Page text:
28 votes

Pro tip: The pledge of allegiance

We are asked to pledge allegiance to a flag because a flag is a symbol whose meaning is mutable. They get people to worship a flag, and then they can be told the flag stands for whatever they want, 'democracy', 'security', etc.

Some of you may refuse to pledge whatsoever on moral grounds and I certainly understand.

But some of you may not feel comfortable remaining silent, but also not feel comfortable pledging allegiance to a scrap of cloth. Liberty folk tend to be in situations where the pledge is recited more than most people and we are often trying to help others along the path. We don't want to alienate those we are trying to help, but we don't want to violate our principles.

So if you don't want to remain silent, you can pledge something like this, which is what I pledge:

I pledge allegiance to the Constitution of the United States of America, and to the Republic, which it defines, 50 states, under God, divisible, with liberty and justice for all.

The best part is people may hear you, and ask you a question.

As a veteran I have no problem pledging allegiance to the Constitution, which I already took an oath to uphold. Again some of you may think pledging is immoral even to the Constitution. I understand, but if you're going to pledge, I really hope people will stop pledging to a flag. Our fallen veterans didn't die for a flag. They may have been lied to and used, but in their hearts they died for a principle, not a symbol.

A key point in this version, for me, is it reinforces that the Constitution defines the Republic. The Republic does not define the Constitution. The Constitution is not 'living'. The Supreme Court does not decide what is Constitutional or not, the Constitution does not grant this authority anywhere, it merely arrogated this authority in Marbury vs Madison. The Supreme Court is merely the government telling the government that it is ok to violate the Constitution.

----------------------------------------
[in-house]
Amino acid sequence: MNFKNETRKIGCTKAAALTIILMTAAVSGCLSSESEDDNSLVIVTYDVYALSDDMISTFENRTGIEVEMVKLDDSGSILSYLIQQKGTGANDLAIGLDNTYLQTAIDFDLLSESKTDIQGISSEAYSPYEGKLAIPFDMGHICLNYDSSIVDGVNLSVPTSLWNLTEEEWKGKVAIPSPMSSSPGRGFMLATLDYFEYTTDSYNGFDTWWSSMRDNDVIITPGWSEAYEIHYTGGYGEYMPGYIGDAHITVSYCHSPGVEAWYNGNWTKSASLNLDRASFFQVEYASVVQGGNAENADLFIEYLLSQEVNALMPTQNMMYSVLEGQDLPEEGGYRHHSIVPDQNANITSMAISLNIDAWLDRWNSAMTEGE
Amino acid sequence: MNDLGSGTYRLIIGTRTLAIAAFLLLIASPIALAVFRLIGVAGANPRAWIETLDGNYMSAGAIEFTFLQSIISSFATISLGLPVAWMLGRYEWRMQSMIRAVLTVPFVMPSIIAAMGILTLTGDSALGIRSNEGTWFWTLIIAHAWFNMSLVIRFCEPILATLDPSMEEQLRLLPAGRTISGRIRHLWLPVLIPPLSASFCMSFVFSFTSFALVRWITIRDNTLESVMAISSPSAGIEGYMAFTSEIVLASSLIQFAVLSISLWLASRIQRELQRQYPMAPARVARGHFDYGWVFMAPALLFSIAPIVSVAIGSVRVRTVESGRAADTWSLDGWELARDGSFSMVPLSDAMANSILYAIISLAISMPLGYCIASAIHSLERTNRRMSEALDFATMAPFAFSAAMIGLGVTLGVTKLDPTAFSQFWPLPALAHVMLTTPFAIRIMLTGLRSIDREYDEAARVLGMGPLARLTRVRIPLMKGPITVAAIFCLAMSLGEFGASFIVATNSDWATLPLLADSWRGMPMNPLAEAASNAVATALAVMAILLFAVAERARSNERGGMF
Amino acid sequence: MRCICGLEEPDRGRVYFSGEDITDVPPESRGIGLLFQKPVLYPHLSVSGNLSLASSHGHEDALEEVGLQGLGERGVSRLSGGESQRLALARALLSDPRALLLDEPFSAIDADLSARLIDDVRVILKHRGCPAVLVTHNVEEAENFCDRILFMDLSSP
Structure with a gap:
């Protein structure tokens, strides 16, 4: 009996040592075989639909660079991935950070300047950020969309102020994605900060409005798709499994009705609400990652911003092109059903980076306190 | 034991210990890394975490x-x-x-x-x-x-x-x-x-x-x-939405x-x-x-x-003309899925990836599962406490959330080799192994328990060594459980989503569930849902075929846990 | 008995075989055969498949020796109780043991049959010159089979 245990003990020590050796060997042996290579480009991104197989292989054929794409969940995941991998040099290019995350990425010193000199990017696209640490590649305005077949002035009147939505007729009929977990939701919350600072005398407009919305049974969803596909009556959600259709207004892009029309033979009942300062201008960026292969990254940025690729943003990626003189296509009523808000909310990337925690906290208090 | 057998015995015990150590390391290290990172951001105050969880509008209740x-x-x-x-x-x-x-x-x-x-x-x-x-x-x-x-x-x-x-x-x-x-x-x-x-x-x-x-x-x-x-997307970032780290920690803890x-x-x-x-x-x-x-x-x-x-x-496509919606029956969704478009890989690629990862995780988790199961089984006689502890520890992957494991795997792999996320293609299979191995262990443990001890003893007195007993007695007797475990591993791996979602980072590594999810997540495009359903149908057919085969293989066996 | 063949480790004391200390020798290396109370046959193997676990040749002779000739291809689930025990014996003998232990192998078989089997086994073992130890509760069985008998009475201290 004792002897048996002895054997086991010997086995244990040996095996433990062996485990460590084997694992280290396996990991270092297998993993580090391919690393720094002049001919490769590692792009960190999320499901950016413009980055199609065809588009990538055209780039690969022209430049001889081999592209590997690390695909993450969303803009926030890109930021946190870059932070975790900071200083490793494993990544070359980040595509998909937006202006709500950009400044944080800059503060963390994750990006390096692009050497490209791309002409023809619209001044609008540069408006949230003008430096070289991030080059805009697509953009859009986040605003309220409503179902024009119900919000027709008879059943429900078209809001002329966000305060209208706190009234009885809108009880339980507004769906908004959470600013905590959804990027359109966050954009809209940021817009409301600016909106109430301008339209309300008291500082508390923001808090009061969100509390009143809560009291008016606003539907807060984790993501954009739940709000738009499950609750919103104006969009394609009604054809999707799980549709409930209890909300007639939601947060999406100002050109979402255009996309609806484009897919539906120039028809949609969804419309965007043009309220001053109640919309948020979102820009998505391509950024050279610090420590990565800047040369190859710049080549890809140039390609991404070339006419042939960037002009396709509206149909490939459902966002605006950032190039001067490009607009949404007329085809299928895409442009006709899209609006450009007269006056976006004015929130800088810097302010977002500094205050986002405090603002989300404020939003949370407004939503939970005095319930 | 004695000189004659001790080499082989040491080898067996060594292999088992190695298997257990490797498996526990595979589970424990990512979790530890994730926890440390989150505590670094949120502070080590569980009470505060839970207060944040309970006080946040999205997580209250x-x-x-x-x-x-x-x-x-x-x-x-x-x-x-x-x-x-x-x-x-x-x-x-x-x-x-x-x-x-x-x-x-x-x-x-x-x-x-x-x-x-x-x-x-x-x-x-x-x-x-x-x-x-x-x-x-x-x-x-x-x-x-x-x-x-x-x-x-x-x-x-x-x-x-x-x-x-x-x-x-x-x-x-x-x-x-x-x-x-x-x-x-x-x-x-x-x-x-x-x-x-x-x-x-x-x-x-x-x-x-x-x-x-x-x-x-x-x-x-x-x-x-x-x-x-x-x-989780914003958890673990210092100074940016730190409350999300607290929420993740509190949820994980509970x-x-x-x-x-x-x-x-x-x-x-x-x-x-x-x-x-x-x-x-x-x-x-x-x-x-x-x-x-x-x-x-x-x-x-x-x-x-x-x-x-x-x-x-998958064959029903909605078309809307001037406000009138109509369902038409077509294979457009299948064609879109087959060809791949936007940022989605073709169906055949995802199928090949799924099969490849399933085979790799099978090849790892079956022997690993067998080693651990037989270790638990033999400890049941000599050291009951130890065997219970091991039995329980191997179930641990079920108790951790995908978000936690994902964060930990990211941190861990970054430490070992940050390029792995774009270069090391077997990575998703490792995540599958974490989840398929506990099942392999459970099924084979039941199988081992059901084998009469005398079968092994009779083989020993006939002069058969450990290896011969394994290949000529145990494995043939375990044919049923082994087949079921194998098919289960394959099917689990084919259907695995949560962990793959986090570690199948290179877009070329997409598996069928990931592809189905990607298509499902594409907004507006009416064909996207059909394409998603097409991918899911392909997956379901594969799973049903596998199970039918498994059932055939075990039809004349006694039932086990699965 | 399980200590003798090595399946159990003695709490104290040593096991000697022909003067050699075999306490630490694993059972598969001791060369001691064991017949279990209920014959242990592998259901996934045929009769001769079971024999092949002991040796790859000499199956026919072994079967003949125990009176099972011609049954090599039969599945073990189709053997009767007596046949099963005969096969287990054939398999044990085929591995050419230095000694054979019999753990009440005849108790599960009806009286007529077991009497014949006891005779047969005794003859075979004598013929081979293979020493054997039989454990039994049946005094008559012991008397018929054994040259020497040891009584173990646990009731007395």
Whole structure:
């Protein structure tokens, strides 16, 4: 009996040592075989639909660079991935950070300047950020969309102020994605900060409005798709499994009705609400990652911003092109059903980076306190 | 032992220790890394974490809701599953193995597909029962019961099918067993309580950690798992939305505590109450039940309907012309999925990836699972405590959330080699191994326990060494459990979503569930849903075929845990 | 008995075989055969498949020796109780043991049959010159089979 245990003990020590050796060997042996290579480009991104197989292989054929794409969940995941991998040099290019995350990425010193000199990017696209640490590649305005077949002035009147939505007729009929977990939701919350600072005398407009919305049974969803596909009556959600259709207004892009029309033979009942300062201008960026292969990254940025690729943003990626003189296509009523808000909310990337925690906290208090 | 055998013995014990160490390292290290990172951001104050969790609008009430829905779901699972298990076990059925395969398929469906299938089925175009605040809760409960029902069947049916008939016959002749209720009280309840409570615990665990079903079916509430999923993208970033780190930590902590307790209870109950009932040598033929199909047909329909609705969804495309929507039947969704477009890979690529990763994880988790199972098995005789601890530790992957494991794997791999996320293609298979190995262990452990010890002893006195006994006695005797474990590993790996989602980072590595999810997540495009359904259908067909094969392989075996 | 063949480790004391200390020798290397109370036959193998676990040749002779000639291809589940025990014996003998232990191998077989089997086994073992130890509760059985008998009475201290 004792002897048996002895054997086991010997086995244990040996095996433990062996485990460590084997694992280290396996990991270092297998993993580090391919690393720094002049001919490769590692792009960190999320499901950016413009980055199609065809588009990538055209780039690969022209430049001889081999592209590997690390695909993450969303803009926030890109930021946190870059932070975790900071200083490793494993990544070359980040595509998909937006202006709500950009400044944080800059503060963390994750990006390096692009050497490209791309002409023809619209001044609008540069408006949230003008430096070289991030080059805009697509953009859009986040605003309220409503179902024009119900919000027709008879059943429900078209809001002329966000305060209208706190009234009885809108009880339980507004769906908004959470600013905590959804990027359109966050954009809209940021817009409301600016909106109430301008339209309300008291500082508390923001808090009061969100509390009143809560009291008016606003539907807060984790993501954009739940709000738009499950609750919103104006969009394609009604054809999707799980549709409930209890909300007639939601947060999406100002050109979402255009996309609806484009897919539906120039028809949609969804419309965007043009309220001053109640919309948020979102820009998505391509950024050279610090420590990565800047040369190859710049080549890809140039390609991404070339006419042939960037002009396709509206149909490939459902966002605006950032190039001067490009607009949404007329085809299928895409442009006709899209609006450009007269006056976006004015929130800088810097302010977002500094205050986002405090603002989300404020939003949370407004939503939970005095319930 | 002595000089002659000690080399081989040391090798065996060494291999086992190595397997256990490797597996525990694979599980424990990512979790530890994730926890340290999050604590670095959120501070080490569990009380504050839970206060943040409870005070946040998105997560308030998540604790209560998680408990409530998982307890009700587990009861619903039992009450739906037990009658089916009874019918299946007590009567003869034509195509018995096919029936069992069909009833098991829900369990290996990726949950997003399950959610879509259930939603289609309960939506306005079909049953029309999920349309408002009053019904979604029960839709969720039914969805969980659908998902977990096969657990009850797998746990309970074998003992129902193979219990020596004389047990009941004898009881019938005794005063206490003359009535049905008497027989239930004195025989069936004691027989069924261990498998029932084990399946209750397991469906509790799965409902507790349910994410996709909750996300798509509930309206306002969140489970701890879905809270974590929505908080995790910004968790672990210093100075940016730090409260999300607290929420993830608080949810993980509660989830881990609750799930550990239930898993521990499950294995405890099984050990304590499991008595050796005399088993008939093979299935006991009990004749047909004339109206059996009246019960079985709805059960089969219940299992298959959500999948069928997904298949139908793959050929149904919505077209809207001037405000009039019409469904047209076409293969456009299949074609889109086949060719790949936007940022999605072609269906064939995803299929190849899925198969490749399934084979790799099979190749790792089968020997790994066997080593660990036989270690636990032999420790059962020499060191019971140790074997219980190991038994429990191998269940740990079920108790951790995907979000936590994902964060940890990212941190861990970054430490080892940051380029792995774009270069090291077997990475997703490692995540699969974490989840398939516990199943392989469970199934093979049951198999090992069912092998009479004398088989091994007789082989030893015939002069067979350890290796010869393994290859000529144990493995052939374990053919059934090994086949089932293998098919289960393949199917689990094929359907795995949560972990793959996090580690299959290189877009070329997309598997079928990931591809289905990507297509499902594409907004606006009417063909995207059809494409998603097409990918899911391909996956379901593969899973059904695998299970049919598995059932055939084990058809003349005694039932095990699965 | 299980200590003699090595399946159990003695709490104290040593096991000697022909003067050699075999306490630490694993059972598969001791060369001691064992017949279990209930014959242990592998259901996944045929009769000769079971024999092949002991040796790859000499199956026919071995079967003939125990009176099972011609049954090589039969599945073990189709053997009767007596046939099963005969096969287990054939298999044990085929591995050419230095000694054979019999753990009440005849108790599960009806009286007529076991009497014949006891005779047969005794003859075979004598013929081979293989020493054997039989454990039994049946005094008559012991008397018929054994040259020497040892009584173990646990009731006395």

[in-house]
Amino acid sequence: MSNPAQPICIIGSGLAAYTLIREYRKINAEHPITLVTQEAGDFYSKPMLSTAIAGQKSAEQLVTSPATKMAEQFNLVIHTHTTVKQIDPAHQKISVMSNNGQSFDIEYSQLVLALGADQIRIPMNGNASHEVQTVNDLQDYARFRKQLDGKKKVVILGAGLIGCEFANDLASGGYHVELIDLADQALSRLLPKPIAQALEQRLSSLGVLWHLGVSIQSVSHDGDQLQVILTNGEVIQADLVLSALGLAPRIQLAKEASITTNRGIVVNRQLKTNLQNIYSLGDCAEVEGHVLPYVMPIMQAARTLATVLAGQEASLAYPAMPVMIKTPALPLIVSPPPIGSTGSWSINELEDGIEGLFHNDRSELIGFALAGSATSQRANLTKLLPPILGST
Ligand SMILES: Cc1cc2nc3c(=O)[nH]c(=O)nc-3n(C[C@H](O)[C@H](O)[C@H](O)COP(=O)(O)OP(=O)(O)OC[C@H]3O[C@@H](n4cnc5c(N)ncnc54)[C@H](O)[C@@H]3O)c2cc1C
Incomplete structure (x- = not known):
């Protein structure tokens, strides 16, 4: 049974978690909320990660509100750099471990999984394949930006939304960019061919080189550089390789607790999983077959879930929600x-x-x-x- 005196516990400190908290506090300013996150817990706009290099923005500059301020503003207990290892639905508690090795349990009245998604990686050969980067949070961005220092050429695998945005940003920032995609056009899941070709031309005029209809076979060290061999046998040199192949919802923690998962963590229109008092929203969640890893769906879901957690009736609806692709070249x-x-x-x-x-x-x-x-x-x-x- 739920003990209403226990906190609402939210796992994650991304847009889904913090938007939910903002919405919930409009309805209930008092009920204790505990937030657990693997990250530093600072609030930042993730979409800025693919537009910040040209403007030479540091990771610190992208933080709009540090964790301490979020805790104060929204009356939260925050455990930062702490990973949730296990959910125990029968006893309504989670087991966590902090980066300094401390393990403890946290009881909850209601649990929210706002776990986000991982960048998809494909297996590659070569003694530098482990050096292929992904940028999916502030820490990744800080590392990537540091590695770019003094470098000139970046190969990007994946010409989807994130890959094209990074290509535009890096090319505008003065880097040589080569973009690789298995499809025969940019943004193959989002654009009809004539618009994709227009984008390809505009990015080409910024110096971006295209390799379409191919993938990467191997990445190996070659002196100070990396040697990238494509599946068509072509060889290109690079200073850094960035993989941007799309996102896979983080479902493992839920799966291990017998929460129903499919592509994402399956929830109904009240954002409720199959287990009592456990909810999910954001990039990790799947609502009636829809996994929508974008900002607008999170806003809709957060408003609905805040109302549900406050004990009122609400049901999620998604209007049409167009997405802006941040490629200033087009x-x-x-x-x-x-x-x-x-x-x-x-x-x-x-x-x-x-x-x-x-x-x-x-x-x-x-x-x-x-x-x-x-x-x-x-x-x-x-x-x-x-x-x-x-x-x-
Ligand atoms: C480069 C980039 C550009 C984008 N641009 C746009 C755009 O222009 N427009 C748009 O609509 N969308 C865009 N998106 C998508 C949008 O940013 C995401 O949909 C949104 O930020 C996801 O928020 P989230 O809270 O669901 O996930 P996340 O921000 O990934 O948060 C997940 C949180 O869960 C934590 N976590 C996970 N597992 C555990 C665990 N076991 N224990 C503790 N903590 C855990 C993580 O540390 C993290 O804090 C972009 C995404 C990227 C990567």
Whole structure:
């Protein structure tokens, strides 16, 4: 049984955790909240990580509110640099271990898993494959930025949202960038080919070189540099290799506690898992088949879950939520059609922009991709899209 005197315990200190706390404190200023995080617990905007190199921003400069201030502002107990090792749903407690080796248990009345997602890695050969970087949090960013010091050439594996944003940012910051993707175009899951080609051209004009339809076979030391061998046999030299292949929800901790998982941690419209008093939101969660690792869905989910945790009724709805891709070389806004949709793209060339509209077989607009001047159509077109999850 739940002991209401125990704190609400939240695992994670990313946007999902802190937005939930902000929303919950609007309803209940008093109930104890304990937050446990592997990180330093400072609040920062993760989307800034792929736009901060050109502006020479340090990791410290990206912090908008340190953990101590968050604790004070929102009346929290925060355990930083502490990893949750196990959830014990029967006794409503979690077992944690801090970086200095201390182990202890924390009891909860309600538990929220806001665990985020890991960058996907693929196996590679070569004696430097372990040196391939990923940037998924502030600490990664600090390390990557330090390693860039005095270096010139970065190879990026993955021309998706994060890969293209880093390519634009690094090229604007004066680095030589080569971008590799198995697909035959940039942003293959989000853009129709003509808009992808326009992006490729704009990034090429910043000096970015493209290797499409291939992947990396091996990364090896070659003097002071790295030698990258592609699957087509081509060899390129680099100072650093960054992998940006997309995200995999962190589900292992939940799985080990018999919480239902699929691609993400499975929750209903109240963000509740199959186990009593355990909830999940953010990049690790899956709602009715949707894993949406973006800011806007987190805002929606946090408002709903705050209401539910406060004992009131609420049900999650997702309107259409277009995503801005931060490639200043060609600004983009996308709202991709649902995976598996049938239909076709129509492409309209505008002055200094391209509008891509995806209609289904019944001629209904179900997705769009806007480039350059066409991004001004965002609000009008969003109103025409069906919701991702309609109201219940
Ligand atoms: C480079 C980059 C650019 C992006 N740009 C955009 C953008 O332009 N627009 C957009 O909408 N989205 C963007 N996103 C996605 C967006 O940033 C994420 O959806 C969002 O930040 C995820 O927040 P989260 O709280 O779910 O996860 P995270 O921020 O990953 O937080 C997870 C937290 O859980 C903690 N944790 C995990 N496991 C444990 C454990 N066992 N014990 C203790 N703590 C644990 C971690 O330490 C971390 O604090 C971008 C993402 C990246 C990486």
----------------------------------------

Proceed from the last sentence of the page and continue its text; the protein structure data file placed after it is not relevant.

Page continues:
You may think '50 states' is too edgy and want to use the regular 'one nation'.

You may be an atheist and not want 'under God' in there. That's fine but you're going to annoy people needlessly and if you are really an atheist then it doesn't hurt anything, it's no more harmful than saying 'one nation under Whipped Cream'. What does it matter what the states or the nation is under? You're aren't pledging to that thing, you are pledging to the Constitution.

You may not like 'divisible'. I understand, but if you are pledging allegiance to the Constitution, you are on sketchy ground saying 'indivisible'.

The Constitution does not grant the authority to invade a seceding State, quite the opposite. The Tenth Amendment makes clear no powers not made explicit are granted. This may come as a surprise, but it should not.

Freedom of association.

You may not murder your husband or wife if they want to leave you. You may not murder your child if she runs away. You may not murder your boss if he fires you. You may not murder your employer should he quit.

That is called slavery.

We may not murder millions of people, or threaten to, if they want to leave us as a state, or otherwise.

If the Union is to stand, as I wish it would, it will stand for the same reason a good marriage stands, because the couple treats each other with love and respect. However an abusive relationship is worse than no relationship.




Comment viewing options

Select your preferred way to display the comments and click "Save settings" to activate your changes.

I suppose

But, if it is generic and not important, why have it in there? Or say it? Why would I pledge to an insignificant "idea"?

No, the pledge was changed specifically to account for the Christian god. They are the only religion that used "God" in almost every mention instead of the name of the deity. If that wasn't true the pledge would have something more generic - which as you said would be "nature's god" or something like that.